How Nonprofits Are Attracting Young Donors

Nonprofits are engaging the next generation of donors with a mix of updated fund-raising methods.

The annual Glide Legacy Gala, held in San Francisco, attracts a core audience of 25- to 40-year-old guests from industries ranging from technology to politics.
The annual Glide Legacy Gala, held in San Francisco, attracts a core audience of 25- to 40-year-old guests from industries ranging from technology to politics.
Photo: Drew Altizer Photography/SFWIRE

Nonprofits are targeting the next generation of donors by hosting more and more events that appeal to a younger crowd. From keeping tickets reasonably priced to hosting happy hours, here are some strategies for wooing young patrons and forming lasting relationships with them.

Offer attainable—but strategic—sponsorship levels.
Not all young professionals have $500 or more to spend on a single gala ticket. Keeping that in mind, planners at nonprofit organizations keep ticket costs relatively low for events targeting a younger donor base.

In New York, the Whitney Museum of American Art’s annual gala has an after-hours event known as the Studio Party. The event draws a core audience of donors in the 25- to 40-year-old age range. For general admission tickets, “it seems as though $250 per ticket is the outer limit,” says Gina Rogak, the museum’s director of special events.

Some events for young professionals come with even lower ticket costs. In San Francisco, the Glide Legacy Gala, held in support of the nonprofit Glide, charges $85 for general admission tickets and $150 for V.I.P tickets. And in Chicago, the Shedd Aquarium’s annual auxiliary board event, dubbed Blu, offers tickets for $125 to $150.

But planners caution against selling new patrons short. For the Studio Party, donors can opt to purchase $500 tickets, which come with premiums such as sponsor gifts or rare experiences (think a private photo shoot with an artist at the event). “You should always have a higher-priced ticket,” Rogak advises. “Believe it or not, some people just want to give more.”

Katie Law, senior director of donor relations for special events at the Shedd Aquarium, says that the price of admission to Blu vacillated for a few years. “Our ticket costs have ranged from $100 to $175 for regular admission over the last five years,” she says. “We saw higher guest counts when we dropped to $100 per ticket, but made a strategic decision to offer $125 early bird tickets and $150 regular tickets to appeal to audiences that might become, and remain, long-term supporters of the aquarium versus those looking for an inexpensive event ticket. It’s a delicate balance.”

Explain why their involvement matters.
For a better chance of turning first-time party guests into long-term supporters, planners need to make sure to educate guests—even as they eat, drink, dance, and socialize—about the event’s cause.

The education oftentimes starts with messaging leading up to the event. On the invitation for the Whitney Museum’s Studio Party and in social media prompts promoting the benefit, “we always message where guests’ money is going,” Rogak says. But once patrons are at the museum, “the expectation is that guests will have a visceral reaction to the art itself, and especially to the younger artists,” Rogak says. “We hope this is something they will want to support and be a part of [for the long term].”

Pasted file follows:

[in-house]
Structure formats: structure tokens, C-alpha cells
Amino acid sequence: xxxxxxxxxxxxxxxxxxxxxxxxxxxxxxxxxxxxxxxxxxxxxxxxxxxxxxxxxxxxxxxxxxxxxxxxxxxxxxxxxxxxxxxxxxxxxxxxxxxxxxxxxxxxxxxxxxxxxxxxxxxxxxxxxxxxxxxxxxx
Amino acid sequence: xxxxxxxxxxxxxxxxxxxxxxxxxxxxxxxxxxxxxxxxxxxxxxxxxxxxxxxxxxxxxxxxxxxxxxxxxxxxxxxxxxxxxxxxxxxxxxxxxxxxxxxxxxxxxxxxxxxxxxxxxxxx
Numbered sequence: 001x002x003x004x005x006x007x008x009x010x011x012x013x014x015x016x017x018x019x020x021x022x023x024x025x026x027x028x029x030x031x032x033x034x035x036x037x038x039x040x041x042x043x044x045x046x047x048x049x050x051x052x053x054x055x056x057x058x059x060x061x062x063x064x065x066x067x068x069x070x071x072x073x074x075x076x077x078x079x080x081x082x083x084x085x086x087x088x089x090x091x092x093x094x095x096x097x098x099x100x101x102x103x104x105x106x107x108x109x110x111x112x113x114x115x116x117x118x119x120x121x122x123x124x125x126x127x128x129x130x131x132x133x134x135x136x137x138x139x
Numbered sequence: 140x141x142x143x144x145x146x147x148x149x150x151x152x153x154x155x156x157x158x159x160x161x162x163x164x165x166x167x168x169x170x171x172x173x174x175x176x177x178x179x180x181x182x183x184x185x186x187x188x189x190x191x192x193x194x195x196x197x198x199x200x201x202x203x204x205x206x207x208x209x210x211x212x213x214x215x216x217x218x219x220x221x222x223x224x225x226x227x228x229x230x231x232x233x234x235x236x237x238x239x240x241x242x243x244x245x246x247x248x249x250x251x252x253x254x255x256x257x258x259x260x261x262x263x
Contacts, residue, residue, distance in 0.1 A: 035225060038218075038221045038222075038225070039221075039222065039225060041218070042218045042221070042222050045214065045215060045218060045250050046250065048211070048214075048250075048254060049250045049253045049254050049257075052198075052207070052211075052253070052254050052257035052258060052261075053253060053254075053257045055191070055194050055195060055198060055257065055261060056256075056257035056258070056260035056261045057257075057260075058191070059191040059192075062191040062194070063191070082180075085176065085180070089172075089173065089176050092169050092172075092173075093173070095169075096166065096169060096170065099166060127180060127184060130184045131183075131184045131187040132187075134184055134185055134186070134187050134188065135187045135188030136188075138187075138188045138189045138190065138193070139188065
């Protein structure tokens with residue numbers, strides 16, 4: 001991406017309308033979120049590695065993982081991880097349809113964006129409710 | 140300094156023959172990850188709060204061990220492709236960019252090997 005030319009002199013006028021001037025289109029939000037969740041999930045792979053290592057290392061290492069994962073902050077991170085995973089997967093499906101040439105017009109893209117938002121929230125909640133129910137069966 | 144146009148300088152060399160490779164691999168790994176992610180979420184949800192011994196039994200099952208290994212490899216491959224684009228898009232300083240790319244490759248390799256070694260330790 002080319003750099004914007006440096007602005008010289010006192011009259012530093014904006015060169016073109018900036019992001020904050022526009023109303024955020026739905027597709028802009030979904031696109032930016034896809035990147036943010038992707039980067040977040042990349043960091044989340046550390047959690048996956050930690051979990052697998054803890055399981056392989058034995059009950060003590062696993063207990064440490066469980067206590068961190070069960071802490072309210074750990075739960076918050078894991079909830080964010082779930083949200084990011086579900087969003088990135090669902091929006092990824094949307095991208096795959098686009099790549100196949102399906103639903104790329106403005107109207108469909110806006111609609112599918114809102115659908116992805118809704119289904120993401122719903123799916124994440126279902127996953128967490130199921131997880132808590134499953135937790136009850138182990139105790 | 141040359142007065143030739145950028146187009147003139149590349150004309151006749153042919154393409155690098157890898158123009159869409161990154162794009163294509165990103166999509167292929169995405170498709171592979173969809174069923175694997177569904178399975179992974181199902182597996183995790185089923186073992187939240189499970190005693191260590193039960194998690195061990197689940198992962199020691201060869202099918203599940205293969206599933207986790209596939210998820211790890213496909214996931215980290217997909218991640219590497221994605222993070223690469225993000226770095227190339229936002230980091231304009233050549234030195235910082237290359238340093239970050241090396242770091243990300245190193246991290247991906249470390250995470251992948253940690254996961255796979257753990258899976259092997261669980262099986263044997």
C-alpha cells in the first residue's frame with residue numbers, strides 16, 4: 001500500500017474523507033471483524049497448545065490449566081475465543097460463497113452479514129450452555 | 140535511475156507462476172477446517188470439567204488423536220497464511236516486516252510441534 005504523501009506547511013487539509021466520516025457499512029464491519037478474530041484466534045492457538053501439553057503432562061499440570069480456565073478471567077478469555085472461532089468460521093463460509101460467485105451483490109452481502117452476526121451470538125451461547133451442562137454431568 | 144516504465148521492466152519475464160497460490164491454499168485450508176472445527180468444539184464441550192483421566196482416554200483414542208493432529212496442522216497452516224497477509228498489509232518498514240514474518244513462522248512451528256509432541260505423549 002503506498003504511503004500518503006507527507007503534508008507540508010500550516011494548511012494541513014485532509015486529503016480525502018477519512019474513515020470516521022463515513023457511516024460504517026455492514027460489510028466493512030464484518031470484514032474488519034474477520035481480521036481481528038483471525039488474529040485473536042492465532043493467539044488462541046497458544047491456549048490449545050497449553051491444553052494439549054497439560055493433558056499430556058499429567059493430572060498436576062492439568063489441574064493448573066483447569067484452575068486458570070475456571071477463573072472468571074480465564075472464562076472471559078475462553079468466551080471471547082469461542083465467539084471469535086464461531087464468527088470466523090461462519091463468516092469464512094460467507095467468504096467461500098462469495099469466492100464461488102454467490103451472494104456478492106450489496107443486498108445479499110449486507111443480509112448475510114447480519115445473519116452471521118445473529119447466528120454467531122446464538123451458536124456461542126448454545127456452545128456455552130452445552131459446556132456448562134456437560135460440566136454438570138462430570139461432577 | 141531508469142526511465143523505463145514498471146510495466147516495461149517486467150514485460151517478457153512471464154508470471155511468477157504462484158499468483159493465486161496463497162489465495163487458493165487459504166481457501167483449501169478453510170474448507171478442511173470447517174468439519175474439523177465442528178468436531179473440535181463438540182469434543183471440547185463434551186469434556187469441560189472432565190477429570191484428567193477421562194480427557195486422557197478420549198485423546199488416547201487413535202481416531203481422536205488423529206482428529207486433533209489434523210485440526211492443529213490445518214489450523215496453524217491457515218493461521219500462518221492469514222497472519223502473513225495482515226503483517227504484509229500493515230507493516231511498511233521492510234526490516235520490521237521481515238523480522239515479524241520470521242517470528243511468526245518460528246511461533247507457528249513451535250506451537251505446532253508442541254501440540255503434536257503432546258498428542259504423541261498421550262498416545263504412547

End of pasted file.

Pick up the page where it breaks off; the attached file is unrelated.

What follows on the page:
At the Glide Legacy Gala, perks for V.I.P. ticket holders this year included typical sponsor amenities—such as access to reserved areas and specialty cocktails—as well as a private meeting with the organization’s founders. That way guests could learn more about Glide’s efforts to assist the San Francisco community in a one-on-one setting.

Reach out with an advisory board.
Not all potential donors will be able to meet privately with an organization’s figurehead, however. Many nonprofit planners stress the importance of forming a strong advisory board to help educate young professionals about an organization’s cause.

“We rely on our auxiliary board members to be ambassadors of our mission,” Law says. “When they’re encouraging their networks to purchase tickets to Blu, they explain what these important funds support, [such as] Shedd’s animal care, learning programs, and conservation efforts.” This year’s event drew approximately 1,050 guests.

Host casual events.
It doesn’t necessarily take a lavish gala to engage new donors. Some nonprofits, including museums and other cultural institutions, opt to showcase their venues at casual events that lure the after-work crowd.

The Lyric Opera of Chicago hosted a new event series in July known as “Lyric After Hours.” The free events invited guests to stop by the Lyric’s Civic Opera House after work on Wednesday evenings for live music, specialty cocktails, and small plates available for purchase. “We were hoping to attract a business crowd from the surrounding area,” says Lisa Middleton, the opera’s director of marketing. Some 600 guests attended the first event and represented a mix of summer associates, young professionals, and executives from nearby companies.

Once at the opera house, guests could engage with the organization by chatting with staffers about upcoming events, touring the opera house, and signing up for mailing and email lists to keep abreast of future events. “There were also season brochures for individuals to pick up, and we had a video loop running, promoting all of the upcoming productions,” Middleton says.

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